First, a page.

Thursday, March 3, 2011

Bipolar- That is me stop the Stigma! This is a Long One

One face that I have is that I am Bipolar, that is right bipolar. The term bipolar can be defined as "as disorder marked by alternating or intermixed periods of mania and depression" (Cromer, 2011, p. 218). Now I write this to give you my take on this disorder and there will be references but most of personal thoughts. The first thing there is a stigma around this disorder and needs to go away!!! There are multiple perspectives looking in on this disorder usually the: person who has the disorder, people around them (family & friends), and then the doctors and counselor who treats them. I explain these roles in a bit in a more personal way.

When I first diagnosed with Bipolar II disorder a typed of disorder marked by mildly manic or hypo-manic episodes and major depressive disorders (Cromer, 2011). I was in shock, in fact I was in denial I remember calling my mom and telling her. However, there were a couple of episodes that stood out in my mind. About a year after I was married, I was treated for depression and I cannot tell you why I was depressed I just was. I was given medication and counseling which was going fine then I just stopped going. I felt fine, threw the pills down the toilet and stop going to counseling. Now most people just do not snap out of a depression, there is usually a cause and they finds ways to get out of it. However, I just felt fine like nothing ever happen. Thing went fine for a few years, we moved and getting settled but then I felt out of it again. I thought it might have been to PCOS because they do say depression is a symptom of it. When I went to this doctor-I went through this intense screening to the point of irritation... However, when it was all said and done I was diagnosed with Bipolar II with rapid cycling. In other words I have four or more episodes within a year. When you are able to look back at it there are things that pop up in my childhood that make sense on why I acted like that or perhaps felt the way I did. Most professionals believe that most Bipolar symptoms appear between the late teens and twenties. However, I disagree with this I do believe sometimes warning signs do present themselves earlier. For example, I was at th fair with my family and we are all having a great time but when it was time to leave. I became upset at something, irrational at the drop of them dime. My parents said it was over a game-and that my very well be true but to this day I cannot recall what made me so mad. How in the world is that normal?

That is where the parents and friends come in. A lot of times people believe it is choices that we make to act the way we do. Which in someway may be true but for the most part I believe I was a typical teenager. However, I use to do stuff that when I look back may have made my parents wonder. A lot of times I could not sleep so I would rearrange my room furniture or able to stay up all night and watch movies and still function the next day. Then there were days that I could hardly get out of bed- my parents did not know this in high school but I had to force myself to stay awake and all I could think about was getting back to sleep, like I could never get enough sleep. I know this could be passed off as typical teenager the thing is I never grew out of it. I have heard people call me moody or I just have PMS-but news flash people I cannot have PMS for an entire month! Look the term up!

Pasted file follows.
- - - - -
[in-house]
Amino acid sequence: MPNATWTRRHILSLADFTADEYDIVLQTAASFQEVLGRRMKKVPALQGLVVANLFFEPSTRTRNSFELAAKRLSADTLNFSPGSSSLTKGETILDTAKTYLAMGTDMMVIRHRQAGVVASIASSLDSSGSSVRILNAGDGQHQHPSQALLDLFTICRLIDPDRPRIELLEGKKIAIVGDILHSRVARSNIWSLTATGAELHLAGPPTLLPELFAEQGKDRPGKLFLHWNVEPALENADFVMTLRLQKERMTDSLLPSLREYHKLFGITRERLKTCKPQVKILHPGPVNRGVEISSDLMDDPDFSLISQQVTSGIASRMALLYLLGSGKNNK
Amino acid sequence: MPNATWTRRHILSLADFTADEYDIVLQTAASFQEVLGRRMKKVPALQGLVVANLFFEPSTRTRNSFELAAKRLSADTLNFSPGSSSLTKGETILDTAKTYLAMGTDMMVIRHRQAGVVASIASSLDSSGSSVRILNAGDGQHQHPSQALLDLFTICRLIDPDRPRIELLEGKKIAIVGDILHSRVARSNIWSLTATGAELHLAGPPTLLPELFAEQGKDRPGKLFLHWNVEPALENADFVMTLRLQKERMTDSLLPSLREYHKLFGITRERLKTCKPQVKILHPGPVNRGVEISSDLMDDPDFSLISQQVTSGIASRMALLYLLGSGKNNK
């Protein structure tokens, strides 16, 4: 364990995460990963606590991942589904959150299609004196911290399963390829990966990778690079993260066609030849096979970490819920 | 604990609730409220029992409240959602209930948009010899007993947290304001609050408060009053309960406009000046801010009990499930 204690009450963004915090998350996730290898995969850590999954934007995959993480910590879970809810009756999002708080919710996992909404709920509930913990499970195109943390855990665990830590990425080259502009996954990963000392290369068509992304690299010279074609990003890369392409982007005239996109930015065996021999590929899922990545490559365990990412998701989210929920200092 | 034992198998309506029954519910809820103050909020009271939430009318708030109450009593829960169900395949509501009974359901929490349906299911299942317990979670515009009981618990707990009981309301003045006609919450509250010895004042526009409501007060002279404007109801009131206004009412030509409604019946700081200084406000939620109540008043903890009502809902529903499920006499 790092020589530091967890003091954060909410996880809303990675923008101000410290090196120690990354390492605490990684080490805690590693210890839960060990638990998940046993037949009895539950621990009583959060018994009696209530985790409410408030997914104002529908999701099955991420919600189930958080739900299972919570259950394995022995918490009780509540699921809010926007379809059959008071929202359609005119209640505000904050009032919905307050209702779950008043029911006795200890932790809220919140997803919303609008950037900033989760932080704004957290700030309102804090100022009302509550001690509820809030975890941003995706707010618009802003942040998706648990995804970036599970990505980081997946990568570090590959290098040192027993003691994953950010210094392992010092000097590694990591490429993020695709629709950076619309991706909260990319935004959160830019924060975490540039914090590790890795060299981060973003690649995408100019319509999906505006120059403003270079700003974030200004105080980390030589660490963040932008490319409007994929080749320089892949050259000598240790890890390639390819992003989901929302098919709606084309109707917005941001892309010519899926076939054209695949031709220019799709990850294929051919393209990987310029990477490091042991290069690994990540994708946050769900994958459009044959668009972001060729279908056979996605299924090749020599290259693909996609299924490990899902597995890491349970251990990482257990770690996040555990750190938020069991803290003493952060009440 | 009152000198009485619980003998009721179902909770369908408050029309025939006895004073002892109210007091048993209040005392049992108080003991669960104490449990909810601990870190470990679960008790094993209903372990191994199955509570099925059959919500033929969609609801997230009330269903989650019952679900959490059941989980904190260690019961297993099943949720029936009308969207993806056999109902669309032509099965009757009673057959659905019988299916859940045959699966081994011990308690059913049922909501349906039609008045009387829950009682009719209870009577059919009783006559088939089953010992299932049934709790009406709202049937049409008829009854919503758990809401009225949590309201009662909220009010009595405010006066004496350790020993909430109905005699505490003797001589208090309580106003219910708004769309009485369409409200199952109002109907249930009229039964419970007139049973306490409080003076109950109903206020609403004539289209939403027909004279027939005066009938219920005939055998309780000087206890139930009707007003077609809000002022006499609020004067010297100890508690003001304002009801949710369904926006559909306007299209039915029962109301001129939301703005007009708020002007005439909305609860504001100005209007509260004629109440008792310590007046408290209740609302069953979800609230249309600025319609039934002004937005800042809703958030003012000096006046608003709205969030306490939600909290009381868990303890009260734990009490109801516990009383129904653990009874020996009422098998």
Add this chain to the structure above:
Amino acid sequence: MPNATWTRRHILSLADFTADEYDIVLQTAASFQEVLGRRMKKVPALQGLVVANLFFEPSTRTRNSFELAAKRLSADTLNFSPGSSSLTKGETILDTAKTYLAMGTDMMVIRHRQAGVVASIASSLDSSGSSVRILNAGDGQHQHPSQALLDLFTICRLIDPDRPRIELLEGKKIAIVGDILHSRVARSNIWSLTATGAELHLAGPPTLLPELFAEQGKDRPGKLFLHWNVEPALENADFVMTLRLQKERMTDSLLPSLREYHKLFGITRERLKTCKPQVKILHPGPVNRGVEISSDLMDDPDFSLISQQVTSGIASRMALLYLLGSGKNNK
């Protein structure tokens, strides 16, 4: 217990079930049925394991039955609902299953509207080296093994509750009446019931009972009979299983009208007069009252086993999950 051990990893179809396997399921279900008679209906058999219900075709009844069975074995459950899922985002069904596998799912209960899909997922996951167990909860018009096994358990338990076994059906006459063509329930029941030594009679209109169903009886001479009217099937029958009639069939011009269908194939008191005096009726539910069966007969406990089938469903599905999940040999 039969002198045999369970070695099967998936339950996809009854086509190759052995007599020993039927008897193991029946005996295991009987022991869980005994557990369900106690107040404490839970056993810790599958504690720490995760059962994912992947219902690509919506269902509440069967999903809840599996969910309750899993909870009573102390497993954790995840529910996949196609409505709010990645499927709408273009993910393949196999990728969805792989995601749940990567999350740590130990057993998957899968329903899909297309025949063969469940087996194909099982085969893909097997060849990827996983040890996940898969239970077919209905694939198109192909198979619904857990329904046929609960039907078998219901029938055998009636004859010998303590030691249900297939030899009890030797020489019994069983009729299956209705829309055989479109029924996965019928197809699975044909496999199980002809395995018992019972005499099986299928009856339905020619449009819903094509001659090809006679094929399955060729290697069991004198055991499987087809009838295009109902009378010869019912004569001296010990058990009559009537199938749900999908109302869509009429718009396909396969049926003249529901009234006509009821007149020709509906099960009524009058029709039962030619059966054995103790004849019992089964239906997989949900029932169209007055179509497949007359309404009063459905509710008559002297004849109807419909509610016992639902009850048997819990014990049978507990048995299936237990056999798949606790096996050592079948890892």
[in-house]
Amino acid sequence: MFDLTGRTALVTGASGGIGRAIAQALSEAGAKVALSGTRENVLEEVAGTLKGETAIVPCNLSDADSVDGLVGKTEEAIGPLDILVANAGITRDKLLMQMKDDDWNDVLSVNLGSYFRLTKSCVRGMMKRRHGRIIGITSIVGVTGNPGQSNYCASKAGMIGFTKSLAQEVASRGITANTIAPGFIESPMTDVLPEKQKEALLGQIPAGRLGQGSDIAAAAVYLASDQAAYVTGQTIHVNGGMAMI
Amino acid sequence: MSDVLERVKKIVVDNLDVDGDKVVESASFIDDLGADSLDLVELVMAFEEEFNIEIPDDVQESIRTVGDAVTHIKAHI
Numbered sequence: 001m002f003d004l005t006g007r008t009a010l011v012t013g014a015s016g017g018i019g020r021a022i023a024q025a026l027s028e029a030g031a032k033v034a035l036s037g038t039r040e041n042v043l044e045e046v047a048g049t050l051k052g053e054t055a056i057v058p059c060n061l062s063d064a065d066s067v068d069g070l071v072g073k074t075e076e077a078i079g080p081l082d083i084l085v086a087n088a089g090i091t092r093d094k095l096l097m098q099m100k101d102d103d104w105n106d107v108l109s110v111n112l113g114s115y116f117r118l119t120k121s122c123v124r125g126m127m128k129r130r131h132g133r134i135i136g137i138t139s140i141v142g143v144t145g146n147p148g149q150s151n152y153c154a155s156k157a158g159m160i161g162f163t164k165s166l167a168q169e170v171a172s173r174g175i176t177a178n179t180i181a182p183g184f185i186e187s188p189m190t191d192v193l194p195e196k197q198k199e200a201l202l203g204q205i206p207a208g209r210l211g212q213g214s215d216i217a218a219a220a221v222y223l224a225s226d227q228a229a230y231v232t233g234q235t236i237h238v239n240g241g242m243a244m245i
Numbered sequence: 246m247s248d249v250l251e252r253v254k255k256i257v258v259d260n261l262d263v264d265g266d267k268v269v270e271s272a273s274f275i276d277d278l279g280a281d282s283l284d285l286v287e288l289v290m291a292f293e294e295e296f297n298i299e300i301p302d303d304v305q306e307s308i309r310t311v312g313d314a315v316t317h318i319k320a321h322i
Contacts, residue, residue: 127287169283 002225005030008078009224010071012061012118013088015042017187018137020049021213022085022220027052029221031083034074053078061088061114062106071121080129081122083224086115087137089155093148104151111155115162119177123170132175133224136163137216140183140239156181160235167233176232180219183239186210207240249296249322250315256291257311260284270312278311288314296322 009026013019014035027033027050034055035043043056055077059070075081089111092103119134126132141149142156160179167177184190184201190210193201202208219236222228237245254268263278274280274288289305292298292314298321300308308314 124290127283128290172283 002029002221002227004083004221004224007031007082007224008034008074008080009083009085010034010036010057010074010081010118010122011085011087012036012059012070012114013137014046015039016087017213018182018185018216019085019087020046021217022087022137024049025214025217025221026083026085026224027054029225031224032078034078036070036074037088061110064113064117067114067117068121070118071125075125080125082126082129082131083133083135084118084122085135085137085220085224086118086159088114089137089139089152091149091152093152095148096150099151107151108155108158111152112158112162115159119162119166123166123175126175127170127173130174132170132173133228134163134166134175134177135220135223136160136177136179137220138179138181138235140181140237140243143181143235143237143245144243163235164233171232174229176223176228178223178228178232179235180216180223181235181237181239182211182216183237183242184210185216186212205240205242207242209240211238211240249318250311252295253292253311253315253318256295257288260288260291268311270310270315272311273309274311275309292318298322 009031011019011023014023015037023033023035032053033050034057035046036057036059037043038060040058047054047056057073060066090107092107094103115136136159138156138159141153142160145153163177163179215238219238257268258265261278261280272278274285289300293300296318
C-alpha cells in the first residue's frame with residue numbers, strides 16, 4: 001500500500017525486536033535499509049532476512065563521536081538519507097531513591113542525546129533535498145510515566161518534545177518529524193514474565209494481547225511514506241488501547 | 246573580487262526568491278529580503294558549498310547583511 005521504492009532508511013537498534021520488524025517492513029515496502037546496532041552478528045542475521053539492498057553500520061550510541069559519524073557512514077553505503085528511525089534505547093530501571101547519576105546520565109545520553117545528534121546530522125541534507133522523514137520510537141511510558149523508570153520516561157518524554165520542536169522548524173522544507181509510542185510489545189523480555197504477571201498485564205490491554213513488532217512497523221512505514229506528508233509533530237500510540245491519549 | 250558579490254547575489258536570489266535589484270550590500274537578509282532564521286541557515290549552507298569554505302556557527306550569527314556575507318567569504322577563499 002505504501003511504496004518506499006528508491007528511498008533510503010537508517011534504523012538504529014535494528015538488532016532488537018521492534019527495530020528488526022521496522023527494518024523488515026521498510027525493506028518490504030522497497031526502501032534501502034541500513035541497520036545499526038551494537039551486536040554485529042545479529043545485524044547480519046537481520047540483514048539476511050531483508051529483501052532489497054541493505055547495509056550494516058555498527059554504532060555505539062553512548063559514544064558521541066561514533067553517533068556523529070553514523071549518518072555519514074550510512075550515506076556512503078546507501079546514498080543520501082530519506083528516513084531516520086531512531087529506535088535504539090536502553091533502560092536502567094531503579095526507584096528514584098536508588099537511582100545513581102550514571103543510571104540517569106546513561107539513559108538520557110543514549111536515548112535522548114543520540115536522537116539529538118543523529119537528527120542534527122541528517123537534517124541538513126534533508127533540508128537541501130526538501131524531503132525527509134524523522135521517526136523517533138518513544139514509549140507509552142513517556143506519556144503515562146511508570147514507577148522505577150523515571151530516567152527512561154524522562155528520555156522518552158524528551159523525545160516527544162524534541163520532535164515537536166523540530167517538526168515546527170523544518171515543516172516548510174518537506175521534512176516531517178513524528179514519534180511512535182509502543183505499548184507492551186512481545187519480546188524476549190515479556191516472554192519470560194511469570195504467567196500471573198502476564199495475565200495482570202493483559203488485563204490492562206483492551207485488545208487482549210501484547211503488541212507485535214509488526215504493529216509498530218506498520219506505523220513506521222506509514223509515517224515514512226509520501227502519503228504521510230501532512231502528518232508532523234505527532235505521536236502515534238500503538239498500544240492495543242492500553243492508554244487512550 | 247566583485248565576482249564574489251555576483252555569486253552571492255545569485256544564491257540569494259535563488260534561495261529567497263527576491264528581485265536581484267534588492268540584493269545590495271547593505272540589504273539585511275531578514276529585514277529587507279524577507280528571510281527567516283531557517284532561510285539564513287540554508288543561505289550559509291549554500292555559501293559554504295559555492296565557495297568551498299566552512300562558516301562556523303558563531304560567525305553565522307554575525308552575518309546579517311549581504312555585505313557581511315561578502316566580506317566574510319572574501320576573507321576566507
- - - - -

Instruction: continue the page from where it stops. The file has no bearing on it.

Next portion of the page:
Now this is what the doctor sees:  It is very well documented the bipolar disorder is clearly  a disorder of the brain (there is still debate but as research progresses the still believe it is not is getting debunked) and it is genetic and biological underpinning is recognized and is still treated as a "mental Illness". There are people who still believe it is related to our personal choices or morals but I tell these people look at this way it is no difference then other chronic illness except my medication works in the brain. There is no medication out there to change my morals. In reality it is a complex interplay of a genetic background, individual biochemistry, and life stress (Milkowitz, 2002). There is promising in research in areas such as neurotransmitters, Ion activity, Brain Structure, and Genetic Factors (No I Do not Blame My Parents or anyone else I am Genetically linked too). I got to see a brain (PET) scan done on someone to shifting from depression to mania back to depression and if you are a scientific person, like I am it was amazing to see. There is little activity while the person is going through depression but lights up like a firework when they are in mania and then nothing again.

These are the Symptoms of Mania and Depression - Now no two people with Bipolar are the same so we all experience our symptoms differently ( I have highlighted mine and will explain what I feel)

The manic phase may last from days to months and can include the following symptoms:
  • Agitation or irritation: I become very agitated without any reason and the more I become agitated or feel irritable the harder it is for me to come down. Please know there is a difference, if I can tell you why I am upset then I am just upset nothing more.
  • Inflated self-esteem (delusions of grandeur, false beliefs in special abilities)
  • Little need for sleep
  • Noticeably elevated mood
    • Hyperactivity: I feel like I always need to being something, getting out of the house, or something, it gets worse if I begin feeling trapped.
    • Increased energy: kind of like hyperactivity except I tend to be really productive and just do, do, do
    • Lack of self-control
    • Racing thoughts: Well this is what it is, I have ideas out the ears, I have good and bad thoughts the problem is I cannot stop them.
  • Over-involvement in activities: I have a hard time saying "NO" I am willing to help and do things to the point of exhaustion.
  • Poor temper control: I believe this relates to my agitation but sometimes I just lose it one way or the other with the end results of crying.